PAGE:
The Philippines has it all, beautiful secluded beaches, tropical green forests and rivers, a friendly outgoing people, and then there are the poor people, city slums, smog filled traffic choked city streets, city scam artists, the risk of robbery, food and drink spiking, and even kidnapping by terrorists groups in the Southern Islands.
In spite of the negative aspects I would still recommend a trip to the Philippines to those with a little adventure in their blood, if you use common sense and research your travel plans beforehand you should be able to keep yourself out of trouble. I would advise using a local guide when you can; they are relatively cheap, save you a lot of time and can take you safely to local places you may never see travelling by yourself. It’s also a great way to put money back into the local economy, and at the end of the day if you are happy with your guide pass on your thanks with a few extra dollars, it will be appreciated.
There are over 7000 islands in the Philippines, most are not yet spoiled by the growing tourist numbers. I visited Panglao Island which is a popular tourist destination, at the moment the only access is by sea ferry but there is a proposed plan to build an international airport on this small island.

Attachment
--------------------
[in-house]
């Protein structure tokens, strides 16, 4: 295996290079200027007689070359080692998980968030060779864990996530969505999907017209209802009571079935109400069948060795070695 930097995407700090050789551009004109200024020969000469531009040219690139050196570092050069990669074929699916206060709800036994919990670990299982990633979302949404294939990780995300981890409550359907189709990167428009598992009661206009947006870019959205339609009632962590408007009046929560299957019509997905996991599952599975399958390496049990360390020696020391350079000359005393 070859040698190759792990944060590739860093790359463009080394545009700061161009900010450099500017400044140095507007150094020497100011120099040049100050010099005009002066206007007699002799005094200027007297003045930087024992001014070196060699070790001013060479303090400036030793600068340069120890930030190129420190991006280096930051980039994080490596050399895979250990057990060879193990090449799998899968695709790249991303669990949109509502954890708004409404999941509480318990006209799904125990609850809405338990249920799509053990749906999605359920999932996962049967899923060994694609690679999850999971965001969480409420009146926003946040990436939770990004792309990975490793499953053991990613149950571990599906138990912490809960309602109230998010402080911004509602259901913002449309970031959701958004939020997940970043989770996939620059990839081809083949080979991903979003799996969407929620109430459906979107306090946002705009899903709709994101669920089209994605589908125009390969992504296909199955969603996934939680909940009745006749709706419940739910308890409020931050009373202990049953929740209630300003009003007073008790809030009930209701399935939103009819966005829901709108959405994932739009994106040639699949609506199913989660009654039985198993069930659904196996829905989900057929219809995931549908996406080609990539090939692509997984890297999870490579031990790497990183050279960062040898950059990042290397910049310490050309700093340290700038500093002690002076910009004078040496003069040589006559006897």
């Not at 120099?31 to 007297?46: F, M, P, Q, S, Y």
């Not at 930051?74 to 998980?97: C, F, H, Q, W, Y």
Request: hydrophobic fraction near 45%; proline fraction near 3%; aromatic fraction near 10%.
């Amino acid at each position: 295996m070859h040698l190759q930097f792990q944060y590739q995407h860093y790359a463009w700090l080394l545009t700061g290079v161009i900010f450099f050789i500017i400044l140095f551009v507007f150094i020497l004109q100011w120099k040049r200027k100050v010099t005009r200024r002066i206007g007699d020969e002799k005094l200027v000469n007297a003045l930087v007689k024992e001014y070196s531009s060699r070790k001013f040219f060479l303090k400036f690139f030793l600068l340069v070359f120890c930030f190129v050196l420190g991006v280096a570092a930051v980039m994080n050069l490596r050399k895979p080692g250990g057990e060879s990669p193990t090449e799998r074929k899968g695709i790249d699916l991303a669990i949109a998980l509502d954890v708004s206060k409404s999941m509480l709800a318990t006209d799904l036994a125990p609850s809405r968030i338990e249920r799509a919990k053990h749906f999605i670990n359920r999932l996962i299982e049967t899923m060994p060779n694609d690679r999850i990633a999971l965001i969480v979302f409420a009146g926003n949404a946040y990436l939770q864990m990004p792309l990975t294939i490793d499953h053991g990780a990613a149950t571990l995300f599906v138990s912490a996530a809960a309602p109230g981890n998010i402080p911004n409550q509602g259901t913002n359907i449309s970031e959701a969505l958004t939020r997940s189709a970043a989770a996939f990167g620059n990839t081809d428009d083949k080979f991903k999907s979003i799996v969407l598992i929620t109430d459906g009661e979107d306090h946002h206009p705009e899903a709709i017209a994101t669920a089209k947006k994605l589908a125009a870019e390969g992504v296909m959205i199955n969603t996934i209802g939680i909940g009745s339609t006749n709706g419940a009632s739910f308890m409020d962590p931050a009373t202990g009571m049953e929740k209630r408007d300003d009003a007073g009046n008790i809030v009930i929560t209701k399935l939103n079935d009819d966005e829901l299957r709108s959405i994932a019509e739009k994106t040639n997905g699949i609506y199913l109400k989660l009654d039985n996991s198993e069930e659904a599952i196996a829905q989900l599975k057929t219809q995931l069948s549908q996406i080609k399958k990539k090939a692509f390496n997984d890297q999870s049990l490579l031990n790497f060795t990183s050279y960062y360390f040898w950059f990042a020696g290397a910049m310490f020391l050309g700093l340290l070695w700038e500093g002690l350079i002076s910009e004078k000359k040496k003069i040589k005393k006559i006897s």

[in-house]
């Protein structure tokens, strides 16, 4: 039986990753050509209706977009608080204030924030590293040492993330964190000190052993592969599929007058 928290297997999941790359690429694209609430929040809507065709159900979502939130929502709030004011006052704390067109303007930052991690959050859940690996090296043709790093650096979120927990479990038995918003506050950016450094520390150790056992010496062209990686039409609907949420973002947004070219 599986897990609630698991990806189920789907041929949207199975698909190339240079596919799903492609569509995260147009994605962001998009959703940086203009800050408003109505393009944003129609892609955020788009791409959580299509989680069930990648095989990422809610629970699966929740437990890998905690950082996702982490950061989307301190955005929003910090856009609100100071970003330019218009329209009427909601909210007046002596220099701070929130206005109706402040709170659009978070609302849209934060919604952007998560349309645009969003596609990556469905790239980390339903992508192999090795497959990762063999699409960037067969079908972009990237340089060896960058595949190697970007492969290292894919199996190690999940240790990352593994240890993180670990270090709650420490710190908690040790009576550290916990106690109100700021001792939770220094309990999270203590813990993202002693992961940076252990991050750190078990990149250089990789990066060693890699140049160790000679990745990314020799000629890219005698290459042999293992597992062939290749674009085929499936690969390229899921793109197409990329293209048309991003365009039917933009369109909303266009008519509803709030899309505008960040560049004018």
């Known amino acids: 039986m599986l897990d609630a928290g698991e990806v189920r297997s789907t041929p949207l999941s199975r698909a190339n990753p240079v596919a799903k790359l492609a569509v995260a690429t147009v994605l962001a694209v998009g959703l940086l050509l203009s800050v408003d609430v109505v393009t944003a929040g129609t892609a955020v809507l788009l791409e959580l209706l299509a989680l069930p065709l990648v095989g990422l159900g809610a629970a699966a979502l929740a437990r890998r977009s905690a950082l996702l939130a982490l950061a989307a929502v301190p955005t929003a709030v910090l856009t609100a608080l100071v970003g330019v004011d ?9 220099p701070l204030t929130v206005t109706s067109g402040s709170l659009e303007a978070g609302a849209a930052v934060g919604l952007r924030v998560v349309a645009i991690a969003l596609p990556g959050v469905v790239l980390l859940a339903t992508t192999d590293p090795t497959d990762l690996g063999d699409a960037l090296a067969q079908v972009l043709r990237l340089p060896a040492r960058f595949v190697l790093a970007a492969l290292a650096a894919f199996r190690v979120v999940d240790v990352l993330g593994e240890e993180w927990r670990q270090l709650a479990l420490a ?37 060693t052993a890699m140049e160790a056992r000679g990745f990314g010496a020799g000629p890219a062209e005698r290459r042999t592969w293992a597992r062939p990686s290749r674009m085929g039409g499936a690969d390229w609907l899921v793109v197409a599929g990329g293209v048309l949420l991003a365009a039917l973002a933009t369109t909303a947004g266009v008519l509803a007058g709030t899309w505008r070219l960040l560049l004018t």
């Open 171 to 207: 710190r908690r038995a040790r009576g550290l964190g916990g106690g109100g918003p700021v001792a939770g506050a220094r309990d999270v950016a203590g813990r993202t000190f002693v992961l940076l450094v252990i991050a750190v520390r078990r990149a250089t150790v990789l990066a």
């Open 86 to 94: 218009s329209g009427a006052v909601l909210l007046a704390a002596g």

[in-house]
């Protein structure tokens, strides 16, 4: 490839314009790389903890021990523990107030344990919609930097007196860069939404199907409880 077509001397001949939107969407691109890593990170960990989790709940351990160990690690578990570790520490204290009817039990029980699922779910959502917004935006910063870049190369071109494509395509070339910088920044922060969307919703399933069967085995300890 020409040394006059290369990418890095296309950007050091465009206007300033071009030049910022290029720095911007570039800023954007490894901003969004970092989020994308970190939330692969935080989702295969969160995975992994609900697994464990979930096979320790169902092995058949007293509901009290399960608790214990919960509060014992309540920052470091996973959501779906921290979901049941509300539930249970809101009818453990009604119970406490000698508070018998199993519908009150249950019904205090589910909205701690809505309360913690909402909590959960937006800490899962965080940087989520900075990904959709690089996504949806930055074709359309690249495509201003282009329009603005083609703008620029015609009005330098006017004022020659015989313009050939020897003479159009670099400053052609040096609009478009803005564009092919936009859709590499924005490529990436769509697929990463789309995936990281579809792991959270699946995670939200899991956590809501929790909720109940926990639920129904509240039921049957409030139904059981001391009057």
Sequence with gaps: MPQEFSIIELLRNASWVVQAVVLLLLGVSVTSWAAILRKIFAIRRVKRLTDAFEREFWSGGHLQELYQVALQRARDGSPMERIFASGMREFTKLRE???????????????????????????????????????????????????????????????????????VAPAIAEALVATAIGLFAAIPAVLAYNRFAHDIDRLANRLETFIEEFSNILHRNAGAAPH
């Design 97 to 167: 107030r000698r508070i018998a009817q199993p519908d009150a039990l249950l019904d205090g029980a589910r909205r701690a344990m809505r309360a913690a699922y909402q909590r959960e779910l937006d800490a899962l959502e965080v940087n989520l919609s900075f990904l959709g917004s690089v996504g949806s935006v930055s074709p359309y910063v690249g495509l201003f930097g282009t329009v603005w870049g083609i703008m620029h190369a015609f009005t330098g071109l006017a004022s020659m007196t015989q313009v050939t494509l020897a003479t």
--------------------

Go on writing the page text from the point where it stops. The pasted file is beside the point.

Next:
Should the airport go ahead, it will be great for the local and national economy but ultimately a change for the worse for this sleepy island and the larger neighboring Bohol Island.
With so many islands, forests, rivers and ocean waters the Philippines is known for its biodiversity, every year undiscovered species come to light in the forests and oceans. It is one of the world’s biologically richest countries with a significant share of endemic species that are under threat from humans, making it a high priority for global conservation.
Transport in the Philippines can be an interesting experience, in the main cities the colourful jeepney is the most popular form of transport for the locals.For travelling between islands there are many ferries to choose from, but there are noted concerns regarding the safety of some ferries, however I didn’t experience any problems.
Christianity first arrived in the Philippines with the arrival of the Spanish explorer Ferdinand Magellan in 1521; today 90% of the population is Christian, 80% being Roman Catholic.This strong Spanish style Roman Catholic belief can be seen everywhere from the many old churches and parishes in country and city to the enthusiastic religious writings on the cities jeepneys
Unfortunately there is a lot of poverty in the city streets of the Philippines. It’s not uncommon to see homeless street kids and the poor, even close to well-travelled tourist areas.
I saw a number of thoughtful city truck drivers in busy traffic purposely throw out of their window half eaten burgers and partially full plastic bottles of soft drink to street kids on the foot path. The kids would rush over and quickly pick everything up to eat immediately, obviously their first meal for some time.